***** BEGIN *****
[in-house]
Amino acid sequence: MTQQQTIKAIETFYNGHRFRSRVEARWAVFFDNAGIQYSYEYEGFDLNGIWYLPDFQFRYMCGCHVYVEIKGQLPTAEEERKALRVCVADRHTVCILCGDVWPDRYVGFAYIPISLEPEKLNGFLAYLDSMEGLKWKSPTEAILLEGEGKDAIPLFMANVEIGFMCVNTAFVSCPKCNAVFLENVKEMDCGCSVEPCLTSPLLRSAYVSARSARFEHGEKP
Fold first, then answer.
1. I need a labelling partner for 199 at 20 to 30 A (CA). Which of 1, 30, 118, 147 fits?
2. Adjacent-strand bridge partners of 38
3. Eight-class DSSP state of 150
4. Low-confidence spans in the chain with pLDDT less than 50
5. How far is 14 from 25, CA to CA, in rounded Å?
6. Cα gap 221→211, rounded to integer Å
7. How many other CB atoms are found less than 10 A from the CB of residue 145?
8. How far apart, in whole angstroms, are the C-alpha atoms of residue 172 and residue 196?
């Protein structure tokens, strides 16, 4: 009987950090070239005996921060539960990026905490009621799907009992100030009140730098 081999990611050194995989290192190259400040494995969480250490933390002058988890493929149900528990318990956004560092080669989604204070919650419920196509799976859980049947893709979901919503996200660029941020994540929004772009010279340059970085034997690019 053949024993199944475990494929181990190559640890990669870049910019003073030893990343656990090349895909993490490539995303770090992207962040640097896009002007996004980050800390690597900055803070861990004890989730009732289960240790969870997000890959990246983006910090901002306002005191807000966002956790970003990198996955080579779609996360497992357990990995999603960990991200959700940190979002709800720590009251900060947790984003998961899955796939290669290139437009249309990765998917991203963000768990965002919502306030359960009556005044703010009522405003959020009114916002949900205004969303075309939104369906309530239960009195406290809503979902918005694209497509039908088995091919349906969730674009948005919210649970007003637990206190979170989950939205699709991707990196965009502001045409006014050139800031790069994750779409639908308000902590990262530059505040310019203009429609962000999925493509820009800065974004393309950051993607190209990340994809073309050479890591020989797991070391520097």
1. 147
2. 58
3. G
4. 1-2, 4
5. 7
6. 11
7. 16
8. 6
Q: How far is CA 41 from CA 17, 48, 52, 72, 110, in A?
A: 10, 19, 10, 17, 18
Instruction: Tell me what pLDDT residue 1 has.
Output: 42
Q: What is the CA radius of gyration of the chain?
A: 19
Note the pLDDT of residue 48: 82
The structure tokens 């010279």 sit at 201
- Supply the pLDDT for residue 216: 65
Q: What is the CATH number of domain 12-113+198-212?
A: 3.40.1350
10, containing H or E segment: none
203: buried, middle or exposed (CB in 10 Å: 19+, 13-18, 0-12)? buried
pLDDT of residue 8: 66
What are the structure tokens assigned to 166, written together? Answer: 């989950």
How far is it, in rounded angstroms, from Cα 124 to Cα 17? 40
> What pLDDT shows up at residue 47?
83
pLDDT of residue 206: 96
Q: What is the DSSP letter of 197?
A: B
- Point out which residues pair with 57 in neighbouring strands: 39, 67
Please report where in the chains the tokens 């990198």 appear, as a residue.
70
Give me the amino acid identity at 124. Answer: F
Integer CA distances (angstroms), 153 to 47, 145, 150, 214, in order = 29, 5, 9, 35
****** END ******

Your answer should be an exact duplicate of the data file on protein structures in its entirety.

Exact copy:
[in-house]
Amino acid sequence: MTQQQTIKAIETFYNGHRFRSRVEARWAVFFDNAGIQYSYEYEGFDLNGIWYLPDFQFRYMCGCHVYVEIKGQLPTAEEERKALRVCVADRHTVCILCGDVWPDRYVGFAYIPISLEPEKLNGFLAYLDSMEGLKWKSPTEAILLEGEGKDAIPLFMANVEIGFMCVNTAFVSCPKCNAVFLENVKEMDCGCSVEPCLTSPLLRSAYVSARSARFEHGEKP
Fold first, then answer.
1. I need a labelling partner for 199 at 20 to 30 A (CA). Which of 1, 30, 118, 147 fits?
2. Adjacent-strand bridge partners of 38
3. Eight-class DSSP state of 150
4. Low-confidence spans in the chain with pLDDT less than 50
5. How far is 14 from 25, CA to CA, in rounded Å?
6. Cα gap 221→211, rounded to integer Å
7. How many other CB atoms are found less than 10 A from the CB of residue 145?
8. How far apart, in whole angstroms, are the C-alpha atoms of residue 172 and residue 196?
């Protein structure tokens, strides 16, 4: 009987950090070239005996921060539960990026905490009621799907009992100030009140730098 081999990611050194995989290192190259400040494995969480250490933390002058988890493929149900528990318990956004560092080669989604204070919650419920196509799976859980049947893709979901919503996200660029941020994540929004772009010279340059970085034997690019 053949024993199944475990494929181990190559640890990669870049910019003073030893990343656990090349895909993490490539995303770090992207962040640097896009002007996004980050800390690597900055803070861990004890989730009732289960240790969870997000890959990246983006910090901002306002005191807000966002956790970003990198996955080579779609996360497992357990990995999603960990991200959700940190979002709800720590009251900060947790984003998961899955796939290669290139437009249309990765998917991203963000768990965002919502306030359960009556005044703010009522405003959020009114916002949900205004969303075309939104369906309530239960009195406290809503979902918005694209497509039908088995091919349906969730674009948005919210649970007003637990206190979170989950939205699709991707990196965009502001045409006014050139800031790069994750779409639908308000902590990262530059505040310019203009429609962000999925493509820009800065974004393309950051993607190209990340994809073309050479890591020989797991070391520097």
1. 147
2. 58
3. G
4. 1-2, 4
5. 7
6. 11
7. 16
8. 6
Q: How far is CA 41 from CA 17, 48, 52, 72, 110, in A?
A: 10, 19, 10, 17, 18
Instruction: Tell me what pLDDT residue 1 has.
Output: 42
Q: What is the CA radius of gyration of the chain?
A: 19
Note the pLDDT of residue 48: 82
The structure tokens 């010279």 sit at 201
- Supply the pLDDT for residue 216: 65
Q: What is the CATH number of domain 12-113+198-212?
A: 3.40.1350
10, containing H or E segment: none
203: buried, middle or exposed (CB in 10 Å: 19+, 13-18, 0-12)? buried
pLDDT of residue 8: 66
What are the structure tokens assigned to 166, written together? Answer: 């989950």
How far is it, in rounded angstroms, from Cα 124 to Cα 17? 40
> What pLDDT shows up at residue 47?
83
pLDDT of residue 206: 96
Q: What is the DSSP letter of 197?
A: B
- Point out which residues pair with 57 in neighbouring strands: 39, 67
Please report where in the chains the tokens 């990198």 appear, as a residue.
70
Give me the amino acid identity at 124. Answer: F
Integer CA distances (angstroms), 153 to 47, 145, 150, 214, in order = 29, 5, 9, 35